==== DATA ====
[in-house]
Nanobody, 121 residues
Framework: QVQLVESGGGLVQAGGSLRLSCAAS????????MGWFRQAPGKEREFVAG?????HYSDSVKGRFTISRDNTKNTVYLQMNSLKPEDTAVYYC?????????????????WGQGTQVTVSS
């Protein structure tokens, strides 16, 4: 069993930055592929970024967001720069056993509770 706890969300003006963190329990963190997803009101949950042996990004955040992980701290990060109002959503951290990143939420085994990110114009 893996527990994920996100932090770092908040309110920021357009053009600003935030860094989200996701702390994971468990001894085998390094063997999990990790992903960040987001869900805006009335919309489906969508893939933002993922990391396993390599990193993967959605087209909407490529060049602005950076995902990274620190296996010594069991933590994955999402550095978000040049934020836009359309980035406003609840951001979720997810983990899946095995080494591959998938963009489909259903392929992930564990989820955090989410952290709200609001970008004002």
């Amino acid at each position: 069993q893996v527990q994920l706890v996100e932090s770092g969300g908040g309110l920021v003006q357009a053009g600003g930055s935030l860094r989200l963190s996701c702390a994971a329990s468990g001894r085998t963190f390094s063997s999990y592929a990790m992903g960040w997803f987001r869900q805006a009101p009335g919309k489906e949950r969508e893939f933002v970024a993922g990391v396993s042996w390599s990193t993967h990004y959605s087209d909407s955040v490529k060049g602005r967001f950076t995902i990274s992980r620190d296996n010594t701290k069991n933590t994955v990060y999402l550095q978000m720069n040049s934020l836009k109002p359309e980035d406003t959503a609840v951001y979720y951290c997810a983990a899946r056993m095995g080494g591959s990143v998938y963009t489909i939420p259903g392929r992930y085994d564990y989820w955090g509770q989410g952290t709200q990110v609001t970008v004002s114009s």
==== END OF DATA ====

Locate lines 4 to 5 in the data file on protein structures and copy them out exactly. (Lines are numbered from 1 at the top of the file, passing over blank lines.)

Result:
């Protein structure tokens, strides 16, 4: 069993930055592929970024967001720069056993509770 706890969300003006963190329990963190997803009101949950042996990004955040992980701290990060109002959503951290990143939420085994990110114009 893996527990994920996100932090770092908040309110920021357009053009600003935030860094989200996701702390994971468990001894085998390094063997999990990790992903960040987001869900805006009335919309489906969508893939933002993922990391396993390599990193993967959605087209909407490529060049602005950076995902990274620190296996010594069991933590994955999402550095978000040049934020836009359309980035406003609840951001979720997810983990899946095995080494591959998938963009489909259903392929992930564990989820955090989410952290709200609001970008004002």
């Amino acid at each position: 069993q893996v527990q994920l706890v996100e932090s770092g969300g908040g309110l920021v003006q357009a053009g600003g930055s935030l860094r989200l963190s996701c702390a994971a329990s468990g001894r085998t963190f390094s063997s999990y592929a990790m992903g960040w997803f987001r869900q805006a009101p009335g919309k489906e949950r969508e893939f933002v970024a993922g990391v396993s042996w390599s990193t993967h990004y959605s087209d909407s955040v490529k060049g602005r967001f950076t995902i990274s992980r620190d296996n010594t701290k069991n933590t994955v990060y999402l550095q978000m720069n040049s934020l836009k109002p359309e980035d406003t959503a609840v951001y979720y951290c997810a983990a899946r056993m095995g080494g591959s990143v998938y963009t489909i939420p259903g392929r992930y085994d564990y989820w955090g509770q989410g952290t709200q990110v609001t970008v004002s114009s």